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INSUFFICIENT INFRASTRUCTURE: Years of inaction have allowed American infrastructure to degrade into a state of disrepair.

  • Infrastructure in the United States struggles to meet the needs of the American public.
  • The American Society of Civil Engineers (ASCE) gave American infrastructure a grade of D+ in their 2017 Infrastructure Report Card.
    • ASCE gave American roads a grade of D, transit a D-, aviation a D, drinking water a D, and inland waterways a D.
    • American infrastructure has been graded near-failing since at least the 1990s.
  • One out of every five mile miles of highway pavement in the United States is in poor condition.
  • Over two trillion gallons of drinking water is projected to be wasted each year due, in part, to an estimated 240,000 water main breaks.
  • More than 50,000 American bridges are rated as “structurally deficient.”
    • These deficient bridges are driven across around 175 million times each day.
  • Most of the locks and dams in our inland waterways system are nearing or have exceeded their 50-year design life.
    • Nearly half of the vessels that use our inland waterways system experience delays.
  • Few U.S. ports currently have the deeper navigation channels that are required as ships continue to grow in size.
  • Nearly 40 percent of Americans living in rural areas lack sufficient broadband access.

WASTED TIME AND MONEY: Americans continue to lose time and money as a result of our failing infrastructure.

  • Average commute times continue to rise, with the average one-way commute clocking in at 26.6 minutes in 2016.
    • Commute times have increased every year since 2009.
  • More than 40 percent of urban interstate miles are congested.
  • The cost of lost time and wasted fuel due to traffic delays added up to $160 billion in 2014.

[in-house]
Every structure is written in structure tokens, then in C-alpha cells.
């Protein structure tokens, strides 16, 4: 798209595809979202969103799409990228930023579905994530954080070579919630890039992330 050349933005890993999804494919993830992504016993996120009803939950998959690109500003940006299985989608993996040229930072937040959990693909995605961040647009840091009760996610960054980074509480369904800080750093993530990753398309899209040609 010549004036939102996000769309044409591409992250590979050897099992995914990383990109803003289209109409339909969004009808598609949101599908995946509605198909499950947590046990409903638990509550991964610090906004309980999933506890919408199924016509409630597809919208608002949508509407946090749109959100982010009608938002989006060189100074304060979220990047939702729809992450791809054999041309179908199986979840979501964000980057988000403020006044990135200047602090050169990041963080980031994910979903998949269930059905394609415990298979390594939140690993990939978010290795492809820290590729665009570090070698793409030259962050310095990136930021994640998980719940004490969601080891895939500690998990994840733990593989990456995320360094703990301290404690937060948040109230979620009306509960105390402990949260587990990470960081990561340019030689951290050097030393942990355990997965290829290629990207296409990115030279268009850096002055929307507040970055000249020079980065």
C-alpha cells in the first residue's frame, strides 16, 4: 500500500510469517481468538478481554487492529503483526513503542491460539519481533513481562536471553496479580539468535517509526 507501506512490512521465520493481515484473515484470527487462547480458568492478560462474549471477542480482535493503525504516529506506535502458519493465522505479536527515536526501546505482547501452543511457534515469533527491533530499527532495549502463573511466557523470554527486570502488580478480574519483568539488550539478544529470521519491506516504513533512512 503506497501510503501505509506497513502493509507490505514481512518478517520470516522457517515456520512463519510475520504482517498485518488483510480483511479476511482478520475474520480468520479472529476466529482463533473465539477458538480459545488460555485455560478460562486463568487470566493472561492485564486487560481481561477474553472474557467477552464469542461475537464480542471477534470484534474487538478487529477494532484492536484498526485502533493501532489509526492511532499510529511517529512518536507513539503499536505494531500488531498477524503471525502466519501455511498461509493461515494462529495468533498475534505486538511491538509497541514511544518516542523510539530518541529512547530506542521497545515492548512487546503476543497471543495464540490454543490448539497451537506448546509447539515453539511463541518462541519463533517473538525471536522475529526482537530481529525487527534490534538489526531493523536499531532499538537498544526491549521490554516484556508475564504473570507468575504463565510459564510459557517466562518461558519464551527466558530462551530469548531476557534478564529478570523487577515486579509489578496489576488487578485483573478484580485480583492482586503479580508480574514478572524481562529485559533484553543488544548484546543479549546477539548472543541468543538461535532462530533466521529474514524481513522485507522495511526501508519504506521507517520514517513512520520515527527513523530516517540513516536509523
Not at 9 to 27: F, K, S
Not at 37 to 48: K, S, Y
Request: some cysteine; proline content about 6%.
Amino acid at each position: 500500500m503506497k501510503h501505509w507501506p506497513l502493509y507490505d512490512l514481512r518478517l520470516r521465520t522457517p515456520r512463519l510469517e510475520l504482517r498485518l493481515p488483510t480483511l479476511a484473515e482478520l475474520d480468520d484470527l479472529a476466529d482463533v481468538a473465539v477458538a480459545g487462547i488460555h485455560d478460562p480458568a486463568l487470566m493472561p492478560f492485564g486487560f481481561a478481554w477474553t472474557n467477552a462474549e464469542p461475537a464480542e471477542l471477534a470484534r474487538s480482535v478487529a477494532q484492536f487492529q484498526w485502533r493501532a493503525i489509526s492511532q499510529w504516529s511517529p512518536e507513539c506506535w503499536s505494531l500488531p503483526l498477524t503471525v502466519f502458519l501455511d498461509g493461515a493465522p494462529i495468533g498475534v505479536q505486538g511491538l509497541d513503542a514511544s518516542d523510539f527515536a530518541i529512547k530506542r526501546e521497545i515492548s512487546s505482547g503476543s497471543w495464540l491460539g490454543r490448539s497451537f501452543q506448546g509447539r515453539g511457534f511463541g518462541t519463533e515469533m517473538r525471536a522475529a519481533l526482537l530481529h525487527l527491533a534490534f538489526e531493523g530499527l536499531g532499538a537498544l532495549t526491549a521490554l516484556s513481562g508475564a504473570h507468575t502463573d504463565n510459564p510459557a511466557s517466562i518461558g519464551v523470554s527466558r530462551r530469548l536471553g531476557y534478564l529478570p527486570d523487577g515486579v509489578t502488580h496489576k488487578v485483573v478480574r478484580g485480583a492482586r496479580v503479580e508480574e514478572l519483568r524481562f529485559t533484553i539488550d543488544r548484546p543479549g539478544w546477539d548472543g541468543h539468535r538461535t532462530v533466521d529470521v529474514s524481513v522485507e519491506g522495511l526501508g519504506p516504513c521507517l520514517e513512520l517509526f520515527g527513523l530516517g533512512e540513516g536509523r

• 3.1 billion gallons of fuel were wasted due to traffic congestion in 2014.
    • Americans spent 6.9 billion hours in traffic in 2014.
  • The American Society of Civil Engineers estimates that failing to meet our infrastructure needs will result in almost $4 trillion in losses to GDP, $7 trillion in lost business sales, and 2.5 million lost jobs by 2025.

IMPEDIMENTS TO IMPROVEMENT:  Infrastructure projects currently face a daunting number of barriers that are slowing improvements to our infrastructure.

  • A maze of red tape and oversight continues to hold back infrastructure projects, despite the fact that most infrastructure spending is not Federal.
    • Nearly all major infrastructure projects are subject to complex, Federal regulations.
  • The Federal government regulations and processes can play a large role in driving up costs and delaying the development of infrastructure projects.
  • Lengthy reviews hold up infrastructure projects for years.
    • The median time to complete an environmental review process of complex highway projects is more than 7 years, according to a 2014 report by the Government Accountability Office (GAO).
  • Federal departments and agencies are also subject to a range of restrictions that hinder the acquisition and improvement of Federal infrastructure assets.
    • The Department of the Interior is not able to use revenues generated from mineral and energy development on public lands for the maintenance of public infrastructure.
    • Currently, the Department of Veterans Affairs has the authority to sell its properties but is prohibited from retaining the proceeds to reinvest in its medical facility infrastructure.